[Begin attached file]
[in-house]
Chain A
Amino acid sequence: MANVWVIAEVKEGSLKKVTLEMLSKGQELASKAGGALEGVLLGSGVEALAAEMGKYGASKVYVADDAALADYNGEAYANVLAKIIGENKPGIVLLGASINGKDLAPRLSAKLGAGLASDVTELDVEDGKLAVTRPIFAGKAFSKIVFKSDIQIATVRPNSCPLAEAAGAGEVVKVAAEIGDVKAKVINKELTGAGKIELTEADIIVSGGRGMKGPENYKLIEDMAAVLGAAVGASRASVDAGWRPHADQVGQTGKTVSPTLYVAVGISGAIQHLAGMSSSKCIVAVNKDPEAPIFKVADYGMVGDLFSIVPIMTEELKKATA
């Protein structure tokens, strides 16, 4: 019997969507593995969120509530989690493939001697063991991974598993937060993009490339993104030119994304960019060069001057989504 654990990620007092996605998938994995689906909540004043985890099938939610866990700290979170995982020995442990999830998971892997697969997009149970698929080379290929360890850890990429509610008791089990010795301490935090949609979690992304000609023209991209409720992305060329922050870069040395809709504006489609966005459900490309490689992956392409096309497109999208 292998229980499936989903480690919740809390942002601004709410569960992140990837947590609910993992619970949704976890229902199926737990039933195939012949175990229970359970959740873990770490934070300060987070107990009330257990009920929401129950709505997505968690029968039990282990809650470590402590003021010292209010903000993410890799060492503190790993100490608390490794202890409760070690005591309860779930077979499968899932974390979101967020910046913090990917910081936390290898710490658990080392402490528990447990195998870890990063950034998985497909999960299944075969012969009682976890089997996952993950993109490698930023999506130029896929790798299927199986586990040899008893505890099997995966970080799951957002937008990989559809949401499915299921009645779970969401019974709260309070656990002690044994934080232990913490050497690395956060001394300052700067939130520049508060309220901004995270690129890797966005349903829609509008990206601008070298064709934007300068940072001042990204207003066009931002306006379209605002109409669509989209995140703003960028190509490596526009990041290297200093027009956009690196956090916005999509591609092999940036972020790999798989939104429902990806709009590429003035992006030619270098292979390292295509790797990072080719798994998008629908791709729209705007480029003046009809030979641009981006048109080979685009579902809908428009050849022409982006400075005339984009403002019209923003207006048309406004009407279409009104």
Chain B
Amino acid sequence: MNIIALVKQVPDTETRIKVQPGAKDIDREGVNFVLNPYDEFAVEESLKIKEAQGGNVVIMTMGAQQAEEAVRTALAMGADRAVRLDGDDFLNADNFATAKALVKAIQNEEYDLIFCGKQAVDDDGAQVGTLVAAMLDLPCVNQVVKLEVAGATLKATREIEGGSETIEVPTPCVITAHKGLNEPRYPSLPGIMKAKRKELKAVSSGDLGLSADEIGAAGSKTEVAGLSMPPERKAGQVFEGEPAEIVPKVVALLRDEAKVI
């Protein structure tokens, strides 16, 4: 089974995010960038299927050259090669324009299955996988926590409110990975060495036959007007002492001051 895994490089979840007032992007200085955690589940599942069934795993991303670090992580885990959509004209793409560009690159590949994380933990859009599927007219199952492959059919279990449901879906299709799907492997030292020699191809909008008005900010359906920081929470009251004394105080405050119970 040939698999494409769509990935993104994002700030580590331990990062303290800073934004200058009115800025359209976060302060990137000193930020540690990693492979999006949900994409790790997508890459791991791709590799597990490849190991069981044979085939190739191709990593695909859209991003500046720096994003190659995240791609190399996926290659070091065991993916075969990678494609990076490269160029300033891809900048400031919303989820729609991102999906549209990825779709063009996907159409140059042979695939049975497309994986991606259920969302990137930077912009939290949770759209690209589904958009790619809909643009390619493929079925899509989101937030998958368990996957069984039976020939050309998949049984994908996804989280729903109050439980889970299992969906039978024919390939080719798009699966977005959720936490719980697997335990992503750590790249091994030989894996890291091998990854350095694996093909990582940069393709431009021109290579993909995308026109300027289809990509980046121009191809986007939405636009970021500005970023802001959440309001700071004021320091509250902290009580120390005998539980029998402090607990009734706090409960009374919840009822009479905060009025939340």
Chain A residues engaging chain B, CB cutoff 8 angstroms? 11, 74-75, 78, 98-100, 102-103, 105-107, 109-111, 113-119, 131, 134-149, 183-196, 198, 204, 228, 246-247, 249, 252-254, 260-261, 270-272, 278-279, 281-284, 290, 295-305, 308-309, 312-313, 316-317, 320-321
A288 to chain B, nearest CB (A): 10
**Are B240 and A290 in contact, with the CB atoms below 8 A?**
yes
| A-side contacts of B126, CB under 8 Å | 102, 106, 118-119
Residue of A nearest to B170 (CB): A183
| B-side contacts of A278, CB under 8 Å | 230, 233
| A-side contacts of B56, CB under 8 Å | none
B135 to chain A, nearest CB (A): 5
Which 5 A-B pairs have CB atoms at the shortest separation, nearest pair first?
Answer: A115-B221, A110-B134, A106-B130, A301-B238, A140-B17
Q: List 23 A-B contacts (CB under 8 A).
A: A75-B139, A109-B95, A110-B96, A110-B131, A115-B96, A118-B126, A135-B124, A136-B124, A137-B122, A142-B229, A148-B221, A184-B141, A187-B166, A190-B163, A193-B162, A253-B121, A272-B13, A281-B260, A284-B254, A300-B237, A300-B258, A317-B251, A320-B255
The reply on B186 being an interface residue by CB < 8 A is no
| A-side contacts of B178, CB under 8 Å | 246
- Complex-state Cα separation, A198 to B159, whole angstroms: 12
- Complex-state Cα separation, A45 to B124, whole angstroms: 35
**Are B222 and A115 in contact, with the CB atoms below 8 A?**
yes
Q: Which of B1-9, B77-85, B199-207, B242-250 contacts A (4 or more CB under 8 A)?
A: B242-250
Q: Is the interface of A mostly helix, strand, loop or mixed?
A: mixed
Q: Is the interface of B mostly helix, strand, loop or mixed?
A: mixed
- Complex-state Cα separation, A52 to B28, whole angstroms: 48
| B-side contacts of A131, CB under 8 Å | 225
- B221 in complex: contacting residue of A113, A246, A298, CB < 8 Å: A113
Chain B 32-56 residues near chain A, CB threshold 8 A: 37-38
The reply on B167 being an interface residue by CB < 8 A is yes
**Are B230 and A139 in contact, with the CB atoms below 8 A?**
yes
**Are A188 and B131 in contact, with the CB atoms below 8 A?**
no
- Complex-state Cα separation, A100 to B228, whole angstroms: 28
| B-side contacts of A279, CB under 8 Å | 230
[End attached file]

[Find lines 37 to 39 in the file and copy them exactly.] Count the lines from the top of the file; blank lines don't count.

The reply on B167 being an interface residue by CB < 8 A is yes
**Are B230 and A139 in contact, with the CB atoms below 8 A?**
yes